The two student-athletes were employed at a water polo club co-owned by the head water polo coach and the assistant water polo coach, and were paid “significantly higher” rates compared to the hourly rates of other student-athletes working in similar positions at the club, according to the decision. The two student-athletes were also found to have been occasionally paid for “work not actually performed.”
With Tuesday’s decision, the head track coach involved is now subject to a one-year show-cause order, which follows him to any NCAA institution that he may be employed by or affiliated with between Nov. 5, 2019 and Nov. 4, 2020.
“Should the head track coach become employed in an athletically related position at an NCAA member institution during the one-year show-cause period, the head track coach shall be suspended from 30 percent of the season’s contests,” the decision writes.
With the NCAA decision, the head and assistant water polo coaches are subject to two-year and one-year show-cause orders respectively, which prohibit them from a number of coaching duties during their show-cause order time periods.
The head water polo coach, who was found to be “personally involved in arranging a recruiting inducement and providing extra benefits in the form of improper compensation and pay for work not performed,” is prohibited from all off-campus recruiting activities during this two-year period, which is applied to any NCAA-affiliated institution that they may be employed by during the period.
The head coach is also suspended from the first 30% of the season’s contests during the first year of the show-cause period.
“The provisions of this suspension require that the head water polo coach not be present in the facility where contests are held and have no contact or communication with men’s water polo coaching staff members or student-athletes during the suspension dates,” the decision read.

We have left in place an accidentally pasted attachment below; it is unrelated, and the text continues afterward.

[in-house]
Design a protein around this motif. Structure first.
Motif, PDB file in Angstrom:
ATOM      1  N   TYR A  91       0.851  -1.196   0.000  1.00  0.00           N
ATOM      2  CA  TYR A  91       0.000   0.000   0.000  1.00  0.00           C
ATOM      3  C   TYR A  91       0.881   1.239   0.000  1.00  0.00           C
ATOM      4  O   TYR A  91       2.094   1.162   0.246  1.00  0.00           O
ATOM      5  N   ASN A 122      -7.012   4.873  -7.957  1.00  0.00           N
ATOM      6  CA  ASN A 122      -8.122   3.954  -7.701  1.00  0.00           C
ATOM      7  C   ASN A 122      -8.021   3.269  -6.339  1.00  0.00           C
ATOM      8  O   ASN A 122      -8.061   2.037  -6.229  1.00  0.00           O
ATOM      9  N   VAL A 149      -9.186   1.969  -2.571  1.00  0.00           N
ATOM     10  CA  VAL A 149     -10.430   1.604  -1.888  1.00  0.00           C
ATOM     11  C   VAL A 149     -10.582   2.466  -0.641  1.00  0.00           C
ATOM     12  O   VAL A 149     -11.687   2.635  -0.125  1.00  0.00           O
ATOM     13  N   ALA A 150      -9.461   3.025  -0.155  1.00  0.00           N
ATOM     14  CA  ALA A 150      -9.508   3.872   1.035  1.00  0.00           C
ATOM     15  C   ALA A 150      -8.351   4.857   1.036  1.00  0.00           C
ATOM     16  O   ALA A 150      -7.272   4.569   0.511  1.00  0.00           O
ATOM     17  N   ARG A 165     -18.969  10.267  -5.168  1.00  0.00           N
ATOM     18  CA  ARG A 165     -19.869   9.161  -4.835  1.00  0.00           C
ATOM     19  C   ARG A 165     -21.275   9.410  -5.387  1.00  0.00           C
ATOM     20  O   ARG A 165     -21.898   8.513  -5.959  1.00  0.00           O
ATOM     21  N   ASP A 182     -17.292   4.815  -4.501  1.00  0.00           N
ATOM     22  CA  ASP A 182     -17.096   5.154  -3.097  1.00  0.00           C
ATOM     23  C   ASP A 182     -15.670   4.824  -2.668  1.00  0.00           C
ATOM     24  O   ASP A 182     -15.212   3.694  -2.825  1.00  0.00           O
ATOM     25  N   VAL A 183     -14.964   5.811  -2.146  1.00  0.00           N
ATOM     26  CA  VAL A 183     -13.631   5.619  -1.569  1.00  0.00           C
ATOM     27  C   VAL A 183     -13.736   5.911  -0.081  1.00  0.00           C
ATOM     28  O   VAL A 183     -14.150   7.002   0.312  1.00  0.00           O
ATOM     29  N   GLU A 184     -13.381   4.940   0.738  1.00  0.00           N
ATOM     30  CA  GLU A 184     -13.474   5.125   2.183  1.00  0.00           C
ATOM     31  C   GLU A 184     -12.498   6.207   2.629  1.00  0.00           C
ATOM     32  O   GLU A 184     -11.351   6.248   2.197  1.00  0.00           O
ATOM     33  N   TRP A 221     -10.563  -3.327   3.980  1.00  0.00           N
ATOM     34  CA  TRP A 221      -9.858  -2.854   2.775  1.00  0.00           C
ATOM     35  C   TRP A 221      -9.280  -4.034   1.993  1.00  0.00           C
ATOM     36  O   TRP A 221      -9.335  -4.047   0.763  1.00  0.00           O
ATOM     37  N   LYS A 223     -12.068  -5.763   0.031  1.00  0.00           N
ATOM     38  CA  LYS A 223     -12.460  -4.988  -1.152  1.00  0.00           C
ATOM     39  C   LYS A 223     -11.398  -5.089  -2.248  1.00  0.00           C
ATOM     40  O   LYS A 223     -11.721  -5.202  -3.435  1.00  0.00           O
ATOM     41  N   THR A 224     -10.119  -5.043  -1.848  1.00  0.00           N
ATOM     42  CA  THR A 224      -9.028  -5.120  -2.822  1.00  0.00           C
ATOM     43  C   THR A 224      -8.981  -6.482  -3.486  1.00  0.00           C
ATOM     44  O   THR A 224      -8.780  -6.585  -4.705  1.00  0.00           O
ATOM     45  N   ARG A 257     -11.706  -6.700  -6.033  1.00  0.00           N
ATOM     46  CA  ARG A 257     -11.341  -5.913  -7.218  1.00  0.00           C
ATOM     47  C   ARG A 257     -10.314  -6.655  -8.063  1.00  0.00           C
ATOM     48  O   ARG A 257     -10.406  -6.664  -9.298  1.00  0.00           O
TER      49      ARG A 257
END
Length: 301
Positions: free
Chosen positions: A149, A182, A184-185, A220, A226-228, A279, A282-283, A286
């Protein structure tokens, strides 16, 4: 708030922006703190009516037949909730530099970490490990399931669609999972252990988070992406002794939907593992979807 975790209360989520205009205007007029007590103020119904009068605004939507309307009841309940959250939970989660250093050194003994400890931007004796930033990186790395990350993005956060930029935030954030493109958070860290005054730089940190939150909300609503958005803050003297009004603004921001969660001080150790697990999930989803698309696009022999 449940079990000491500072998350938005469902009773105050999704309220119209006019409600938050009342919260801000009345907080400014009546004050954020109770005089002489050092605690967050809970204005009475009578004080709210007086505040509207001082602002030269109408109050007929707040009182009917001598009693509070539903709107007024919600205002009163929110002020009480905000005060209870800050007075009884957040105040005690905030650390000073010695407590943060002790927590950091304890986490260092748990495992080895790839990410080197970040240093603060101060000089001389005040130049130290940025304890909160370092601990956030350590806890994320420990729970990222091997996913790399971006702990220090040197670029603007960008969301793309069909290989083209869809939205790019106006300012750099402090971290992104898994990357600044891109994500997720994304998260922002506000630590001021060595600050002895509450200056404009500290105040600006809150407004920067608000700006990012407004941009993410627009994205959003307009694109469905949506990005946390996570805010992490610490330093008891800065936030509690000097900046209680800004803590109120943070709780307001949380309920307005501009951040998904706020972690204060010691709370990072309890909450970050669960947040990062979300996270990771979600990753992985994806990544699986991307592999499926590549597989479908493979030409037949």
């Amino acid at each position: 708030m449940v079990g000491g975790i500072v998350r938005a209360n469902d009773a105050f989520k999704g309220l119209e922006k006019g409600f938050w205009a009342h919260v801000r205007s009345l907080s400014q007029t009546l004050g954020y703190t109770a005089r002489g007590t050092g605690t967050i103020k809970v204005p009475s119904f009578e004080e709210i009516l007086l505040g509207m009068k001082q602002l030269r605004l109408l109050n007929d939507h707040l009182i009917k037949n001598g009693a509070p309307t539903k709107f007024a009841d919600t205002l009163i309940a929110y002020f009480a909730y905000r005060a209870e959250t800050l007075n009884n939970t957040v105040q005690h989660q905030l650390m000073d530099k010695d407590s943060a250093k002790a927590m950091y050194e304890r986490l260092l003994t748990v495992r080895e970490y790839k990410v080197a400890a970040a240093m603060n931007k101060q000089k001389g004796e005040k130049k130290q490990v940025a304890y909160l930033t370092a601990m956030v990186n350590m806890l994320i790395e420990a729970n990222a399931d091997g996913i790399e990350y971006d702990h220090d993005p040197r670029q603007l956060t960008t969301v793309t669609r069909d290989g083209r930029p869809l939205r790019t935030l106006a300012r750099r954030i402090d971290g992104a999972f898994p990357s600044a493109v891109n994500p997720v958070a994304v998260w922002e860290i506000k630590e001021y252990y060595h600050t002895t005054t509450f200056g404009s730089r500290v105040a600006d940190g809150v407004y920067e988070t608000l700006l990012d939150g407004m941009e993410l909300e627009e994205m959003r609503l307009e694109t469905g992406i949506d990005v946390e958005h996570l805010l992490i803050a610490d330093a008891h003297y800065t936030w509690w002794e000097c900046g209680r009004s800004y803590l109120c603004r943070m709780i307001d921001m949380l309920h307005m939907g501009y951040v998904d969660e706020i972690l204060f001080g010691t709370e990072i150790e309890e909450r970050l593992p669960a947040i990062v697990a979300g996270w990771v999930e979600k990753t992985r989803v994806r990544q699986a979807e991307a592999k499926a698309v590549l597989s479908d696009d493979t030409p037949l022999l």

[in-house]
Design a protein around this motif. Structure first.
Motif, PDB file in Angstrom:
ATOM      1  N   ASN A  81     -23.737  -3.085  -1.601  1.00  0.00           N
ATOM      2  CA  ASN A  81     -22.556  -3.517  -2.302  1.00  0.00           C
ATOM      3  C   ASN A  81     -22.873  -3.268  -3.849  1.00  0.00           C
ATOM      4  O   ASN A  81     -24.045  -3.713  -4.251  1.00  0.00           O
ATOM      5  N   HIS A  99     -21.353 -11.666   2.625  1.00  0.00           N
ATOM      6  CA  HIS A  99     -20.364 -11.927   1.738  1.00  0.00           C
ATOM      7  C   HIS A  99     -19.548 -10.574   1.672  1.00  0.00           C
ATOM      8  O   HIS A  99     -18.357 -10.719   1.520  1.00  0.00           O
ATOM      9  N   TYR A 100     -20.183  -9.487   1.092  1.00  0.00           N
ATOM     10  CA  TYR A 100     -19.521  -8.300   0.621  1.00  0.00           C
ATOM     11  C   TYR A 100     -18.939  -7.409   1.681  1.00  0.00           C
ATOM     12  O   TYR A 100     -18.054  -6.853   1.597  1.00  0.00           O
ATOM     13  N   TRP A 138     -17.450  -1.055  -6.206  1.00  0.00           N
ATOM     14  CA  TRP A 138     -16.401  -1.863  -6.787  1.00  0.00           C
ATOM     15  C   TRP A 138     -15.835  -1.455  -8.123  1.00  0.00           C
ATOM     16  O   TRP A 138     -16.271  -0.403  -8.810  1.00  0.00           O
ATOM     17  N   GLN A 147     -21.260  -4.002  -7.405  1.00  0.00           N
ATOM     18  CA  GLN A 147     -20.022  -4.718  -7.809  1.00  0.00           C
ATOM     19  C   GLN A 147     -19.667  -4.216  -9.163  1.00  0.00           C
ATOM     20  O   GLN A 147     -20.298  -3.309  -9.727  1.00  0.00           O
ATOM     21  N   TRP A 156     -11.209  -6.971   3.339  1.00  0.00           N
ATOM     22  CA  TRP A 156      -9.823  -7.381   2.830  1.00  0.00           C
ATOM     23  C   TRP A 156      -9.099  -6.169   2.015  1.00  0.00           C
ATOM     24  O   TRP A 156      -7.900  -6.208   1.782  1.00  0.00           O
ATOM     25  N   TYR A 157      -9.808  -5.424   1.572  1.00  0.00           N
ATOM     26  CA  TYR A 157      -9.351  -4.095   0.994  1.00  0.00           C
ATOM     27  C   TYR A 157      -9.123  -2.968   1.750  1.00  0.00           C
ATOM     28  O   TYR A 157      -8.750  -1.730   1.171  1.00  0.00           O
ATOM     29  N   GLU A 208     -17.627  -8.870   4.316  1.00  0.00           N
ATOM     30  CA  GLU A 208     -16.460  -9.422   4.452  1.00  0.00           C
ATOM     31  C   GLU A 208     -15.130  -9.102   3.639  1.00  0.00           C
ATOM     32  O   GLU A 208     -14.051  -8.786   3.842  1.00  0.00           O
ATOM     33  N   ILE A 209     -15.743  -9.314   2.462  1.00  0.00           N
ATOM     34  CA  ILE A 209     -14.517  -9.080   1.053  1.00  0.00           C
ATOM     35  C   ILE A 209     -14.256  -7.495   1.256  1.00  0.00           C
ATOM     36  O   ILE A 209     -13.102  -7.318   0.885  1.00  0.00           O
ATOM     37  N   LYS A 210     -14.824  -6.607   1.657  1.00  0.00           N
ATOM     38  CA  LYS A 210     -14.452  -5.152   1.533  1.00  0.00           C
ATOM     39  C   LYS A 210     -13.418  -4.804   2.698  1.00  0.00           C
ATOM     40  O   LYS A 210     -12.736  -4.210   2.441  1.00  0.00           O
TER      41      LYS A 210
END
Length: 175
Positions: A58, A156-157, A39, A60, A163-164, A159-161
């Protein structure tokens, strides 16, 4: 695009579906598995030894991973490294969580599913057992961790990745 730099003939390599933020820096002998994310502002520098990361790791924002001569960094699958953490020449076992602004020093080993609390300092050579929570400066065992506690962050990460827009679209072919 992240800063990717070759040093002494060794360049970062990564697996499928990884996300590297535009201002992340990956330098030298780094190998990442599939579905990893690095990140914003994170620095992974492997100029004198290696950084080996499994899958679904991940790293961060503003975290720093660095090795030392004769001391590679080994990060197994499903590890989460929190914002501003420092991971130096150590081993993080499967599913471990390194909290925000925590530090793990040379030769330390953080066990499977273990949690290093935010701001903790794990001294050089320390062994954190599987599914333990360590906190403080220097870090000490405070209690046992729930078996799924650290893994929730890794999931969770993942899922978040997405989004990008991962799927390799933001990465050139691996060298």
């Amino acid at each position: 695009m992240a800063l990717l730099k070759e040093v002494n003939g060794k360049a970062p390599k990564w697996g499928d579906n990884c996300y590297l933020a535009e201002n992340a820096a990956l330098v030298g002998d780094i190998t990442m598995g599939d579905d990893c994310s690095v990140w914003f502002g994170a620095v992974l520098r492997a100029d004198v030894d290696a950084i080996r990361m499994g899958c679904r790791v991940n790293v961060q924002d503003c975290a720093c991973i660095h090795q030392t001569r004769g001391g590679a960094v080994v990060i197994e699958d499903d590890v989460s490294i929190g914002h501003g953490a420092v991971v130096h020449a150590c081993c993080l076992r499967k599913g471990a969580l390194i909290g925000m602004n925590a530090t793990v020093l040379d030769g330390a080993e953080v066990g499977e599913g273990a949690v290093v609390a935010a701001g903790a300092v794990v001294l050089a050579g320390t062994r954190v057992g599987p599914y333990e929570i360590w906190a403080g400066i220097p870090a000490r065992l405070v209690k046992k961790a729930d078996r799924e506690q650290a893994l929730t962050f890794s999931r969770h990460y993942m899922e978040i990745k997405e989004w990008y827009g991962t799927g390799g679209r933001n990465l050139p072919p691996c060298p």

“The prohibition includes all coaching activities for the period of time that begins at 12:01 a.m. on the day of the contest and ends at 11:59 p.m. that day. During that period, the head coach may not participate in any coaching activities, including, but not limited to, team travel, practice, video study, recruiting and team meetings.”
Additionally, the results of any contests during this suspension will not count for the head coach’s coaching record.
During the assistant water polo coach’s show-cause period, they are to be suspended from 30% of the season’s contests, a suspension that will be served after the head water polo coach’s suspension from the first 30% of the contests is served. The provisions of the assistant coach’s show-cause period are the same as the head coach’s.
In addition to the penalties on the coaches, UCSB is placed on probation for two years, beginning Nov. 5, 2019, and ending Nov. 4, 2021, and is required to pay a fine of $5,000 “plus one percent of each of the budgets for the men’s water polo, men’s cross country and women’s cross country programs.”